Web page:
In re Conte (Fed. Cir. 2011)
Patent Attorney Francis Conte's patent application is directed to a fly-swatter in the shape of a pistol. When the trigger is pulled, an elastic lash provides a deadly whip.
The PTO rejected Conte's invention as obvious. On appeal, the Federal Circuit affirmed – holding the patent invalid in light of U.S. Patent No. 1,779,507 ("White") and U.S. Patent No. 2,642,057 ("Watkins"). These two references clearly taught all of the structural elements of the claims, and the court held that "it would have been obvious to one of ordinary skill in the art to combine the features of White and Watkins and arrive at the invention claimed in the '288 application."
All well and good, except for the limitations not discussed by the court. The White and Watkins references were both directed to toy guns. White shot rubber bands. Watkins used a rubber band to shoot a pellet or pea. Neither was used to kill insects with a whip. On the other hand, Conte's claimed invention is direted to an "insect swatter" with a distal end "for being aimed at an insect" and a lash for "whipping ... against said insect." Although the Federal Circuit did not address the insect limitations, the government brief noted that the cited prior art is all inherently "capable of being used to shoot insects" and that the claims only require that capability. The government's interepretation here is the more traditional interpretation of functional limitations. However, that interpretation received some push-back in the Federal Circuit's recent Typhoon Touch decision.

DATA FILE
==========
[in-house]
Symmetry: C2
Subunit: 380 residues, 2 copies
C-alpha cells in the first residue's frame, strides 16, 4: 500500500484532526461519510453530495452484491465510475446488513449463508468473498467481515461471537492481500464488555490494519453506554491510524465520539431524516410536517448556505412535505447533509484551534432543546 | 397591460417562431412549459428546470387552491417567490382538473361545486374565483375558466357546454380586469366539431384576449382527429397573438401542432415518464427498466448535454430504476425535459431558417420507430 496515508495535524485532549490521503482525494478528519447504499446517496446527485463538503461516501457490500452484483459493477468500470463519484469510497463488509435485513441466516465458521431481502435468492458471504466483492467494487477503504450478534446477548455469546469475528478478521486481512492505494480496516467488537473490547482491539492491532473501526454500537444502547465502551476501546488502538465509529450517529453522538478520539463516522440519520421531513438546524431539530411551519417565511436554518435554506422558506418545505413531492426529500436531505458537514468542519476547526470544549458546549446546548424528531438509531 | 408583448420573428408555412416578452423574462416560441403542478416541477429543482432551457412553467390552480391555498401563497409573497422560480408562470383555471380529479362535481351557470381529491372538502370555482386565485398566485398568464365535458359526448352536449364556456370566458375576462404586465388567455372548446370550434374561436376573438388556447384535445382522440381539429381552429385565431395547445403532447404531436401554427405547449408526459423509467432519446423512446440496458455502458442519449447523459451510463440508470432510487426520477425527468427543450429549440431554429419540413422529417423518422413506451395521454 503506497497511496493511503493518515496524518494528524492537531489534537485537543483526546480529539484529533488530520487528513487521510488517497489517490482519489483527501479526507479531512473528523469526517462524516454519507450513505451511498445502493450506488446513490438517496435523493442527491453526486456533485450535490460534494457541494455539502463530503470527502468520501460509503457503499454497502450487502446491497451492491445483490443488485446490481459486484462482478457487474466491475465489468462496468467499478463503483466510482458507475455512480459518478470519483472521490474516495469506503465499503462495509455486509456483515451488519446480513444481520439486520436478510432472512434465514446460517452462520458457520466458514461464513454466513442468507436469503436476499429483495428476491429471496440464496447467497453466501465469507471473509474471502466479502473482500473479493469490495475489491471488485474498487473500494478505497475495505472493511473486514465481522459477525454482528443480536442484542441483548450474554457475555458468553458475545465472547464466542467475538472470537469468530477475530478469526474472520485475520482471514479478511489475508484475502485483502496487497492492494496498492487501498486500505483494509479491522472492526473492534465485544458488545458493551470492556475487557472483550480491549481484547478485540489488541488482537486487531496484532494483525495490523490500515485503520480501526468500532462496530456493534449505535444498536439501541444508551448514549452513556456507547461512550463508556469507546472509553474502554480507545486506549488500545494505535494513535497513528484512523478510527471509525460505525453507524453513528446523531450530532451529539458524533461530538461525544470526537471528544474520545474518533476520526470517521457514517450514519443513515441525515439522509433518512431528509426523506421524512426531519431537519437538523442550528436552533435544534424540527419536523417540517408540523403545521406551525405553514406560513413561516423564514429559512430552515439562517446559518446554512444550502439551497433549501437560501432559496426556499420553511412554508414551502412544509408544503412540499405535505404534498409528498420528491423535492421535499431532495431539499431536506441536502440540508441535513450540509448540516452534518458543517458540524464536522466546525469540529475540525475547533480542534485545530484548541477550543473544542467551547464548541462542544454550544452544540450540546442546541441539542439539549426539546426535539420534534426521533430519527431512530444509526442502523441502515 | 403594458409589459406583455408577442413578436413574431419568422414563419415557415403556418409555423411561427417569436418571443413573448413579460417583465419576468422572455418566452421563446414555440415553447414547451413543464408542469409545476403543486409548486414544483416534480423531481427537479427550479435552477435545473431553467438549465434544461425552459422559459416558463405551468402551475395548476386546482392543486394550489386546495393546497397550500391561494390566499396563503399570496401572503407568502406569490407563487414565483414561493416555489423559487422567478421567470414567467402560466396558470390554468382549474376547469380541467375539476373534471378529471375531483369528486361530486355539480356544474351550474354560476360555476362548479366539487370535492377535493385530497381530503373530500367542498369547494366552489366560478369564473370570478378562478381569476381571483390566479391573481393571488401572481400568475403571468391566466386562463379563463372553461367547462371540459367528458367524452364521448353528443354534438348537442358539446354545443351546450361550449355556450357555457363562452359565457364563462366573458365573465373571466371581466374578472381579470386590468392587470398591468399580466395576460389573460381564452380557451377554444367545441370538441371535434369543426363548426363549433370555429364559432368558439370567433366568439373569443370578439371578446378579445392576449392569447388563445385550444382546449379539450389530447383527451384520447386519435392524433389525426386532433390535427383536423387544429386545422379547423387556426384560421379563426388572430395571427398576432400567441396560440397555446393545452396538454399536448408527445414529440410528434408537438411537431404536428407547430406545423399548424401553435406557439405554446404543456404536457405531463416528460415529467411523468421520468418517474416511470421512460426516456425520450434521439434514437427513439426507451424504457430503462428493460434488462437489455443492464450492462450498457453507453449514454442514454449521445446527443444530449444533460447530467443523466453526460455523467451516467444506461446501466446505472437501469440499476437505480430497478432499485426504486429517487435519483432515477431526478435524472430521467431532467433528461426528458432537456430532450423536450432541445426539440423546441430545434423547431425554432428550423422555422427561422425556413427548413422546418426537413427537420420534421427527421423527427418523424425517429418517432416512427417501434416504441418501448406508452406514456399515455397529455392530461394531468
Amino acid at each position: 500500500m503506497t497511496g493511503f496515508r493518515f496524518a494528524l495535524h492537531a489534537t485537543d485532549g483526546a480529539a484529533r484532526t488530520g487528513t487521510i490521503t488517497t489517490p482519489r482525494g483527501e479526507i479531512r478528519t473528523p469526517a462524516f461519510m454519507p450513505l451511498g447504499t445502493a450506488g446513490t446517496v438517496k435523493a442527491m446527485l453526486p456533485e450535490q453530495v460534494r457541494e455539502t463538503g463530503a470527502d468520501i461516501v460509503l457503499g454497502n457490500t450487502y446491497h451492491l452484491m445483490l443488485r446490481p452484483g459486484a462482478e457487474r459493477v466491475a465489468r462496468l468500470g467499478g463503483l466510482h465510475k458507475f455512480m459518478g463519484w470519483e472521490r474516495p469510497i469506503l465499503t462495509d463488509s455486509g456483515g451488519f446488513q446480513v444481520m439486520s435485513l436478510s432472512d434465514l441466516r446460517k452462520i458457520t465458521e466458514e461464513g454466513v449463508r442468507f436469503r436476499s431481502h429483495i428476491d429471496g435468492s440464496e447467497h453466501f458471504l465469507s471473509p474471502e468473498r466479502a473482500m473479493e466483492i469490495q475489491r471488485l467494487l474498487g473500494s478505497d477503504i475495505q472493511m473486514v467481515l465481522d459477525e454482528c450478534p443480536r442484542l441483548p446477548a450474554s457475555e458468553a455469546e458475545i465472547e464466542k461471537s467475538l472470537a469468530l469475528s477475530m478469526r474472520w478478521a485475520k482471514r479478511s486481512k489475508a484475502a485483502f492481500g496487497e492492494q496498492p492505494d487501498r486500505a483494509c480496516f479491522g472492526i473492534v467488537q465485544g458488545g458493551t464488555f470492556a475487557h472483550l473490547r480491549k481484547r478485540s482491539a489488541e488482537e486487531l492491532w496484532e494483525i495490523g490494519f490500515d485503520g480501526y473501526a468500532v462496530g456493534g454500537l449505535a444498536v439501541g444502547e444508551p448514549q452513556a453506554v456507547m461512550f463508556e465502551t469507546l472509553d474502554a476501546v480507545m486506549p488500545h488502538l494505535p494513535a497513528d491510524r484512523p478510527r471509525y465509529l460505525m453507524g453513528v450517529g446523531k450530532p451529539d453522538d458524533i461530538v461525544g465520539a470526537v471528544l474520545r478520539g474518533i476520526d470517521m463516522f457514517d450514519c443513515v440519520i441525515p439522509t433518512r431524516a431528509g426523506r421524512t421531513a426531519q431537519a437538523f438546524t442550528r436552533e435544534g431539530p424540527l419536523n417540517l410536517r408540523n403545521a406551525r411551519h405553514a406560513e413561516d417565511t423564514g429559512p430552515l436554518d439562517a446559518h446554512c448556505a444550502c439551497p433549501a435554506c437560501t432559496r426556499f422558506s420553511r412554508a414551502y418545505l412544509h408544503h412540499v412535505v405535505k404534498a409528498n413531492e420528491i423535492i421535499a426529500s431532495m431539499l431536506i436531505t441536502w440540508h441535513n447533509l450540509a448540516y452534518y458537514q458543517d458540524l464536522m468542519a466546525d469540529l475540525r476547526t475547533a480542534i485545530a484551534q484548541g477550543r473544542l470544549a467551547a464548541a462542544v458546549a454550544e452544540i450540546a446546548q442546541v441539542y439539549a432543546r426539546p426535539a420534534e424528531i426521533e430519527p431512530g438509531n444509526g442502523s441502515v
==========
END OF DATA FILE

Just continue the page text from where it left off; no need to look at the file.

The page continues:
Mr. Conte lost a similar Federal Circuit appeal in a predecessor case but was able to narrow his claims sufficiently to receive a patent.